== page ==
When a new rail or bus line gets built in the United States, its mere opening is often cause for celebration among transit advocates. That’s understandable, given the funding gaps and political opposition that often stymie projects.
But not all trains are bound for glory, and it’s often not hard to see why. In the new book, Trains, Buses, People: An Opinionated Atlas of U.S. Transit (Island Press, $40), Christof Spieler, a Houston-based transit planner, advocate, and former METRO board member, takes stock of the state of American transit with a tough-love approach. In nearly 250 pages of full-color maps, charts, and encyclopedia-style entries, Spieler profiles the 47 American metropolitan regions that have rail or bus rapid transit to show what works, what doesn’t, and why.
”There are a lot of people out there who tell every story as a positive story,” Spieler told me in an interview. “But I think it’s important to question whether we’re doing the right thing. Otherwise, we’re going to keep making bad decisions.”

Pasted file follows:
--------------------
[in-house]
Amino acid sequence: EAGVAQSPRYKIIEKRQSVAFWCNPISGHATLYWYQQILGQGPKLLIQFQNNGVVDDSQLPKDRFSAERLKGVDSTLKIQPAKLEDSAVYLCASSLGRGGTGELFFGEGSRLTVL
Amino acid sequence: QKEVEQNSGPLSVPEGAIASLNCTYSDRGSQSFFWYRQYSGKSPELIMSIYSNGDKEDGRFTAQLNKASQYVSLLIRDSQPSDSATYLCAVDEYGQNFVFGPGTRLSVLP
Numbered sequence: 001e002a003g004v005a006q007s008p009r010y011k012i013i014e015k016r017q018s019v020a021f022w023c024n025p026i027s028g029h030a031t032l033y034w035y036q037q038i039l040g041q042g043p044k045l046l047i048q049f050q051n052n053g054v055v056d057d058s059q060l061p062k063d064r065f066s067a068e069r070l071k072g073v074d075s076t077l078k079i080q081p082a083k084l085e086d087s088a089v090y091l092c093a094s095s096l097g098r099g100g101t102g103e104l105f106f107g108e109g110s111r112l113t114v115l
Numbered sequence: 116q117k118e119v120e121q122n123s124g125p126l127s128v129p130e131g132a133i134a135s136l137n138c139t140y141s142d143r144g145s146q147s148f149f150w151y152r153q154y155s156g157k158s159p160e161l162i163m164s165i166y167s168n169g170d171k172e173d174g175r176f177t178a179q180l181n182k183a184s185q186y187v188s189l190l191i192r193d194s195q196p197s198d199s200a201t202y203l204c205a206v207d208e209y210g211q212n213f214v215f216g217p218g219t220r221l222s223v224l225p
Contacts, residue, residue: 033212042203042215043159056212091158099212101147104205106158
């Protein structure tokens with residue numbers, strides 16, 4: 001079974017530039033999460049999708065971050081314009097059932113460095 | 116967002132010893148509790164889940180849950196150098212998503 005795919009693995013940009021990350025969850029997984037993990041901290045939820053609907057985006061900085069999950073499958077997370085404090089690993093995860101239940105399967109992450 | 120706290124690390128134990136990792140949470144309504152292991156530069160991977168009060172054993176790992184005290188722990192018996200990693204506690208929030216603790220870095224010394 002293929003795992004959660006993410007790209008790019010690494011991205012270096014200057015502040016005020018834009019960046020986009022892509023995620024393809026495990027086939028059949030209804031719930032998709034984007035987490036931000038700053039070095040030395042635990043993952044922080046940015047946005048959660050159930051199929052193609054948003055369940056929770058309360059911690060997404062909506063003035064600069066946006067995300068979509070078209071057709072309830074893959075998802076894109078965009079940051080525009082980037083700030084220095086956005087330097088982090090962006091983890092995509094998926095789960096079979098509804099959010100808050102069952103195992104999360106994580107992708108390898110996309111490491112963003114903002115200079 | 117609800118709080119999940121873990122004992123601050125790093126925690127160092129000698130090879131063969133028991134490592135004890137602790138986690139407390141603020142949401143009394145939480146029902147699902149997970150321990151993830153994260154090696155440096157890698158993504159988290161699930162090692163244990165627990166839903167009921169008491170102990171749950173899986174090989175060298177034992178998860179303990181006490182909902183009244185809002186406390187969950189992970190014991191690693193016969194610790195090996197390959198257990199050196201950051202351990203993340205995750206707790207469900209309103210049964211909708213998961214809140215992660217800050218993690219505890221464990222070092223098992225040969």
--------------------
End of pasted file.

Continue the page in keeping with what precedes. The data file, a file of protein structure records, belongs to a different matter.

For example, Dallas has been cheered for its significant investments in light rail over the past 20 years. When the sprawling metropolis set out to build, it prioritized maximizing the number of rail miles and reaching every community. Now, DART is the longest light-rail network in the country. But that hasn’t translated into particularly effective service. “It skips a dense concentration of jobs in Uptown, barely serves the city’s biggest medical district… and misses Love Field’s airport terminal by half a mile,” Spieler writes in a section that calls out the best and worst transit cities, including “Most Useless Rail-Transit Lines.” Dallas gets slapped with the kinder “Missed Opportunity” label, as “it carries half as many people per mile as San Diego, Phoenix, or Houston.”
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